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Thread: Engine runs cold

  1. #1

    Engine runs cold

    How about, "Its a Musketeer and it is winter"? Everybody's Musketeer runs at the bottom of the green in the winter unless they put a plate to block some of the oil cooler. Most of us don't. My A23 with IO346 runs there even in the Texas Summer.
    Willis

    rjf <rjf@p339.com> wrote: Folks,

    My engine (12 hours out of overhaul) runs at the bottom of the green.
    The oil probe has been checked against a known good one. They both
    registered the same. Any clues about cause and solution? My plane goes
    in for overhaul on the 25th. I'd like to have it taken care of then.


    regards,


    RJF

  2. #2

    Engine runs cold

    My Sierra, about 20 Hours after top overhaul, runs at
    185 degrees measured on the JPI 700 which corresponds
    quite well with the ship's gauge at about one needle
    lower than the mid green dot. Outside temp was about
    20 degrees Fahrenheit... at 4K foot ... measured
    yesterday. No blocking of anything for the engine.
    Power setting 23 MP x 2400 RMP - leaned 75 degrees
    rich of peak.


    Regards

    HarryR

  3. #3

    Engine runs cold

    >My engine (12 hours out of overhaul) runs at the bottom of the green.
    >The oil probe has been checked against a known good one. They both
    >registered the same. Any clues about cause and solution? My plane goes in for overhaul on the 25th. I'd like to have it taken care of then.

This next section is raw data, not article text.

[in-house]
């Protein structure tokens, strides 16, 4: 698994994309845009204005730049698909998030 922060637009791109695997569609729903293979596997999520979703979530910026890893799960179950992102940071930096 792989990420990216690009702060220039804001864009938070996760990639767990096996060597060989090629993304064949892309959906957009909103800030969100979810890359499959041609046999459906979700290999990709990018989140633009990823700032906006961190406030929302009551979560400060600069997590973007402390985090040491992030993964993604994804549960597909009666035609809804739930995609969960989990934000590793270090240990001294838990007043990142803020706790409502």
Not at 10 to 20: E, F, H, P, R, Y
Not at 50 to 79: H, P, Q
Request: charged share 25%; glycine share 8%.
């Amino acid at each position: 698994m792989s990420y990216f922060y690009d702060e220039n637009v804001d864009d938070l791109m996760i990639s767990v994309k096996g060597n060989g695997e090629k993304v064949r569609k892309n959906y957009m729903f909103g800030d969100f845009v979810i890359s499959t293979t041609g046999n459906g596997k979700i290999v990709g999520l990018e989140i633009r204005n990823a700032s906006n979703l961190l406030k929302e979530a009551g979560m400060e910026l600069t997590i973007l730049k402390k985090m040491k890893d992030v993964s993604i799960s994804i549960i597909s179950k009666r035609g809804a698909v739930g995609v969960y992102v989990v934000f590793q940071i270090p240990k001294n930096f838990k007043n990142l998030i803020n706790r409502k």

Let us not forget that the gauges are old and questionable. Anytime some measurement is called into question, verifying the accuracy of the
    measurement is the first step.

    For OT, I suggest a thermometer like we had in HS Chemistry class that is secured to a small dowel, such that it can be lowered into the sump through the dip stick holder, immediately upon shutdown.

    Once you know your panel mounted gauge is accurate (or not) you can proceed with the necessary steps to correct the real problem.

    What if the panel gauge is reading too cool and you block off the oil
    cooler and elevate your OT to where the panel gauge reads 200? Now you might be cooking your oil and your engine.

    The S-W panel gauge can be tested for accuracy by placing a 28.5 ohm
    resistor in the circuit instead of the OT sender on the accessory
    case. Flip on the master and read the gauge. Should read red line (245).

    If that is accurate the next step is to reverse the process and test the
    sender in hot oil to see if it is 28.5 ohms at 245 degrees F. I recommend
    olive oil in a tin can (smokes less) and an accurate thermometer (chemistry class type).

    Best wishes,

    Bob Steward, A&P IA
    Birmingham, AL

  4. #4
    Like most everybody's, my oil temp gauge always reads low. So at last annual I added digital oil temp to the open channel on my E.I. FP5.

    What I saw in the summer were temps around 170 to 175... maybe a few degrees hotter during climb. Well here in New England the weather is finally starting to turn colder. Two weeks ago outside temps were around 40 when I went tooling around and I never saw the oil temp go higher than about 145. So this past week I covered the oil cooler with aluminum tape.. left no hole. Outside temps were high 30's. Went up to 5,500 and saw 175 on the digital guage.

    I was initially concerned with covering the whole thing, but based on the temps I'm seeing I think I'll leave it.

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